In the Moroccan city of Goulmima there is a large street festival where  people celebrate Ashura by wearing costumes, different skins of sheep and goats, and scary looking animal masks.  In the Berber tradition, the costumed people are referred to as “Udayen n Ashur,” the Jews of Ashura.  With only tambourines and handclaps, “Udayen n Ashur” creates lively music, performances of acrobatic dancers.  Everyone sings and dances with amusing variations on the songs, until very late into the night.

The Berbers have a different name for each of the three days of Zamzam:  The first day is “Bou Isnayen” the second, “Bou Imerwasen” and the third is, “Bou Imrazen.” These are translated as “the day of throwing water,” “the day of repayment,” and finally “the day of fight.” On any one of these days, if water is thrown at a person, they have the right to throw stones back

MoroccoOne of the songs children sing as they travel through neighborhoods asking for coins tells about how Baba Aichour came outside to pray, gave the children coins and sweets, but then was swept away by the river.

Traditionally, the morning of Ashura begins with a cold bath. Some say this is the origin of the water throwing that takes place through the day, but for others it is a celebration of the parting of the Red Sea or of Baba Aichour being swept away. In the Sahara, the Tuareg sprinkle water on tents, plants, and each other whilst saying their prayers.

 

 

 

Kukuri, Torbalan, Baba Marta and The Water Bull of Rabisha

This was originally posted in August of 2011 – as Halloween approaches, it seems appropriate to repost.

Bulgarian MONSTERSI’m not sure why, but I’m fascinated by ethnographic monsters. I visit a country and I ask “What kind of monsters do they have?” I’m a big fan of legendary monster stories. In Turkey, I heard about the story of the Lake Van monster and in Morocco, I revel in the stories of jin and Aisha Kandisha. In Bulgaria, I heard about a few new ones. One old guy I asked simply replied “The only monsters we have here are the criminals” – fair enough, but that wasn’t what I was looking for. Another old man on the bus told me about the Loch Ness Monster of Bulgaria which is known as the ‘Water Bull’.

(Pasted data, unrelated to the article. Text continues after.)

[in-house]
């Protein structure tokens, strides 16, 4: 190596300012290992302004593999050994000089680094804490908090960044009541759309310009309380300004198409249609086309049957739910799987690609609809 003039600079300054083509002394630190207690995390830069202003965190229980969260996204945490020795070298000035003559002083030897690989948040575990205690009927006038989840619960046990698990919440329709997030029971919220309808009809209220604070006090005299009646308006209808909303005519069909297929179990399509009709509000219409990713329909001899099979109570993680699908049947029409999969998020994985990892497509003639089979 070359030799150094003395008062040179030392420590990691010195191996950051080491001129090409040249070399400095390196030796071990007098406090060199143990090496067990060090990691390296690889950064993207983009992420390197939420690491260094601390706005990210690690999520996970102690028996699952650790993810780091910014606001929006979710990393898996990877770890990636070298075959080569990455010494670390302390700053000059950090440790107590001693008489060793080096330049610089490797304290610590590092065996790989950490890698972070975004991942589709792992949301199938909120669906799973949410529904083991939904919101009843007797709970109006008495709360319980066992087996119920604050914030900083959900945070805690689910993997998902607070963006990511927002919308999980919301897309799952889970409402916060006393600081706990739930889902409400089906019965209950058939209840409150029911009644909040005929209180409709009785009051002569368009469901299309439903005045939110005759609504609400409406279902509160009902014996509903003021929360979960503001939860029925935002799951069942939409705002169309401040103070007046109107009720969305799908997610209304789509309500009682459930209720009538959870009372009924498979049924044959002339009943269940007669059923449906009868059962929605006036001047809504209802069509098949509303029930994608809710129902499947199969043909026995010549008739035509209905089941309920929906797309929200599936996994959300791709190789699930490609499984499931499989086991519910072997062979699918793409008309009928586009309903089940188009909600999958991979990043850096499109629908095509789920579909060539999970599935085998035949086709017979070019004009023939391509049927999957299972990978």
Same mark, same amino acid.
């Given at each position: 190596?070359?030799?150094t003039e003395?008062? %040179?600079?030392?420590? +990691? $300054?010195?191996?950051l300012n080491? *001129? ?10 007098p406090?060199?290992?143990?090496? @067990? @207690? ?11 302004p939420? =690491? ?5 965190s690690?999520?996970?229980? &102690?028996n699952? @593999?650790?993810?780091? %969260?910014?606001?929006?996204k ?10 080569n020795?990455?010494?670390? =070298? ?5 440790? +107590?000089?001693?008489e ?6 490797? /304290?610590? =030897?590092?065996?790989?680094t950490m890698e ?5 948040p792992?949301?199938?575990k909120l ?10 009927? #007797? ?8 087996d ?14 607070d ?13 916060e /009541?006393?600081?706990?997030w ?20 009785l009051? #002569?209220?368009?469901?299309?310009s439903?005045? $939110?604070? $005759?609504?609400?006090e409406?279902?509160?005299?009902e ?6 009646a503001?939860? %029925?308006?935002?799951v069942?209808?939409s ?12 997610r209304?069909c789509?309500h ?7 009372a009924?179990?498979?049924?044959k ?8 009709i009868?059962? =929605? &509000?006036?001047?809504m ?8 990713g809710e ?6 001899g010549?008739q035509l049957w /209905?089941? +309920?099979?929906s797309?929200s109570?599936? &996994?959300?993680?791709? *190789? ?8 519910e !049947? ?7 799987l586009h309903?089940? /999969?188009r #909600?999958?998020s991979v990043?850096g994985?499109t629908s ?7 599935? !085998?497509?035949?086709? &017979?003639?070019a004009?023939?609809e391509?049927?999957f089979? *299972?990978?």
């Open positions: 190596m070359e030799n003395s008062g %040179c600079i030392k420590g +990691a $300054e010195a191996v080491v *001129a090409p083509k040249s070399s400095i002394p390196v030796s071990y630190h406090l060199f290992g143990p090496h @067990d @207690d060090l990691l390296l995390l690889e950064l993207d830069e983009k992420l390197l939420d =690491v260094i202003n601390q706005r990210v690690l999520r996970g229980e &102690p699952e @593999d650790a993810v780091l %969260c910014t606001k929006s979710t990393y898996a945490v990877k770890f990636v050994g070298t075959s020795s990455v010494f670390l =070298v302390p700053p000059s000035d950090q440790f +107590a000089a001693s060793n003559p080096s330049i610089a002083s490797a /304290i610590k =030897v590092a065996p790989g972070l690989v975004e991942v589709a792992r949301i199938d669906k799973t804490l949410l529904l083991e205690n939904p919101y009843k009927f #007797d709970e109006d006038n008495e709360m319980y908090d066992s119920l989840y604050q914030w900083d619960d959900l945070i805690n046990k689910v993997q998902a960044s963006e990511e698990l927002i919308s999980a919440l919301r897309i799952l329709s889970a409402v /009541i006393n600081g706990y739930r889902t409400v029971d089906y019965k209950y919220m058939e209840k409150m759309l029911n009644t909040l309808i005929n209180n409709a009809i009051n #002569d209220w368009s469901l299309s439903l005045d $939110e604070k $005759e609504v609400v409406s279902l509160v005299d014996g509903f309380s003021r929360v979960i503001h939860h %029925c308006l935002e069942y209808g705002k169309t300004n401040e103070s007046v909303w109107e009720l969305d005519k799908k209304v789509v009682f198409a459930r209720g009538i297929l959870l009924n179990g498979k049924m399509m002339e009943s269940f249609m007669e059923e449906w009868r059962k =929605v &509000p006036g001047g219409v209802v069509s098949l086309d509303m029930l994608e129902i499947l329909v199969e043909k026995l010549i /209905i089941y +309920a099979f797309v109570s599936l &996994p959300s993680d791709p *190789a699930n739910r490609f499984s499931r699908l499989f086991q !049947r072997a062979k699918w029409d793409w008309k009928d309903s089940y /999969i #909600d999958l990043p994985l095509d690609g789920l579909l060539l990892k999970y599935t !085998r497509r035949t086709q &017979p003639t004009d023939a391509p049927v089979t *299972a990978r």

The water bull lives in a Lake Rabisha near Belogradchik, a small picturesque town in the Bulgarian Northwest. You might have actually heard of the town since the now famous Belogradchik Rocks did pretty well in the competition for the New Seven Wonders of the World or because of the Magurata Cave with its prehistoric paintings.

The legend says that a bull-man lives in the lake which was once thought to be bottomless but now is known to be about 40 meters deep. The head of a bull, the body of a man – yes D &D friends – it’s a Minotaur. The story goes that they used to kill off the most beautiful girl to keep the monster at bay. They would row her out in a boat and throw her off of it. Eventually, the most beautiful girl in the world was born there and taken out in the lake where the water bull fell in love with her and they lived happily ever after. It’s a crap ending to a story that includes Bull and a word that sounds a lot like Rubbish, but at least it’s a monster story.

BABA MARTA RIBBONSMy friends Tim and Peppy in Sofia,  told me about Baba Marta. Baba Marta, an old lady with the touch of death. She is like Jack Frost but an angry old woman and if she doesn’t get treated right, the cold Bulgarian winter just keeps on. The sun only comes out when she is happy. Snow is sometimes referred to as the feathers from her mattress.